# Data visualisation for binary response data

I'm seeking alternative ways of representing my data.

I have conducted an experiment, with two manipulated variables (v1 from 0 to 3, v2 from -3 to 0), and by factorial design it yields 4*4=16 stimuli. Participants give a 0/1 response for each stimulus. So for each individual I have a following response matrix (Table 1). After I collected data from multiple individuals, I can calculate the percentage of "1" response for each stimuli, leading to a summary results for all individuals (Table 2).

Participants are recruited from two countries. So there are two groups of people. They faced the same stimuli. My ultimate goal is to compare the different response pattern between the two groups.

Table 1. Individual response matrix
+-----+---+----+----+----+
|v1/v2| 0 | -1 | -2 | -3 |
+-----+---+----+----+----+
| 0   | 0 | 0  | 1  | 0  |
+-----+---+----+----+----+
| 1   | 0 | 0  | 1  | 0  |
+-----+---+----+----+----+
| 2   | 0 | 0  | 1  | 1  |
+-----+---+----+----+----+
| 3   | 0 | 1  | 1  | 1  |
+-----+---+----+----+----+

Table 2. Summary results (percentage of "1" responses)
+-----+---+----+----+----+
|v1/v2| 0 | -1 | -2 | -3 |
+-----+---+----+----+----+
| 0   |20%| 39%| 45%| 50%|
+-----+---+----+----+----+
| 1   |34%| 53%| 78%| 78%|
+-----+---+----+----+----+
| 2   |43%| 85%| 95%| 99%|
+-----+---+----+----+----+
| 3   |80%| 86%|100%|100%|
+-----+---+----+----+----+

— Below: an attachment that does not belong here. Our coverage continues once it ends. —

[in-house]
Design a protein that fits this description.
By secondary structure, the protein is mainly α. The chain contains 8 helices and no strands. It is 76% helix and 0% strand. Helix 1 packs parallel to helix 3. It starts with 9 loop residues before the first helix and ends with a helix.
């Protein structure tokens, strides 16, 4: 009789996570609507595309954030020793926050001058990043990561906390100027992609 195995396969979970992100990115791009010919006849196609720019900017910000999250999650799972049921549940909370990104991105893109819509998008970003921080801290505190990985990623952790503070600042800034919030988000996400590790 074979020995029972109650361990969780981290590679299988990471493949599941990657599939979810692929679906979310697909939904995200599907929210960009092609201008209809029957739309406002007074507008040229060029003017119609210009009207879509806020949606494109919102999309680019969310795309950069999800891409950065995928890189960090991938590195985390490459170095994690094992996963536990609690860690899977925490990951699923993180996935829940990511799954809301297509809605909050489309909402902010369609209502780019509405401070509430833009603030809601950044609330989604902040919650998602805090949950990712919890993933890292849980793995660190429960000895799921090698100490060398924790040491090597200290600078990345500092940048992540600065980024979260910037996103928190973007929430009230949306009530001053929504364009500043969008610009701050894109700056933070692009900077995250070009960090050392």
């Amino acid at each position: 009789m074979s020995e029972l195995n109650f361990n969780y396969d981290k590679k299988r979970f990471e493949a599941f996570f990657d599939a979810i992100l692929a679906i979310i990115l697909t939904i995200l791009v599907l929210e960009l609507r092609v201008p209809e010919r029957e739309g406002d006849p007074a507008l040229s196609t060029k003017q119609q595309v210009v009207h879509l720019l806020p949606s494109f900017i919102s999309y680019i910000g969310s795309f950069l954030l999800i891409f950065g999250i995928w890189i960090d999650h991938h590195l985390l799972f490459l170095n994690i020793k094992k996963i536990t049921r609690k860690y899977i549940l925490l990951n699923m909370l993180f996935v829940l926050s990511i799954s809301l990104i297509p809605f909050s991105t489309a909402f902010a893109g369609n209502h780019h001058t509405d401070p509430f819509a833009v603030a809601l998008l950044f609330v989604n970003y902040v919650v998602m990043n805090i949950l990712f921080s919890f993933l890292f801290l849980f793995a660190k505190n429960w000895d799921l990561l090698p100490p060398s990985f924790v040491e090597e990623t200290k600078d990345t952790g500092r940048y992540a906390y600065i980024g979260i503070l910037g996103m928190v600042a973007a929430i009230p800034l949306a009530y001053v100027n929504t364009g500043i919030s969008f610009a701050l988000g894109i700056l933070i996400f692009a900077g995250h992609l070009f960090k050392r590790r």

In my story, v1-v2 is always a crucial predictor. For one group of participants, the absolute v2/v1 is also a crucial predictor. For another group, only v1-v2 matters. The idealised pattern is like follows:

My colleagues found these figures not very intuitive. So I'm seeking alternative ways of presenting the data. Here is some thoughts I have, but not entirely sure how to achieve this.

1. I'm thinking of a more 'direct' way of translating the summary table into graphs, like colormap (not sure if this is the right name). In this way I could use v1 and v2 as two axis (instead of v1-v2), and marking the value through color. Is this implementable in R?

2. Another way of revising my current figure is that, I keep using v1-v2 as x-axis, but not using v2 as grouping variable, but show the variance at each v1-v2 level, which also helps distinguish the two groups.

3. For individual responses (Table 1) there seems to be a boundary line that divides 0 and 1 (downright more likely to be 1, and upleft more likely to be 0), and this boundary line may be different for each individuals. The summary data loses this information on individuals. I wonder if I could estimate a boundary line for each individual (like a regression), and compare the distribution of this boundary line between two groups.

Or if you have other thoughts in presenting the data, I'll appreciate your help!

• May be a 3D plot is your solution? v1 is x-axis, v2 is y-axis, and the entries of table 2 are heights on the z-axis.
– Nick
Nov 9, 2019 at 20:46

Regarding question 1, here an example with your data implemented in R:

library(tidyverse)

df = data.frame(v1 = c(rep(c(0,-1,-2,-3),4)), v2 = c(rep(0,4), rep(1,4), rep(2,4), rep(3,4)),
percentage = c(20, 39, 45, 50, 34, 53, 78, 78, 43, 85, 95, 99, 80, 86, 100, 100) )

p = ggplot(df)
p = p + geom_raster(aes(x = v1, y = v2, fill = percentage))
p = p + scale_fill_gradient(low = "#56B1F7", high = "#132B43")
p = print(p)


• Thanks! It is probably the best I could get! Dec 9, 2019 at 12:42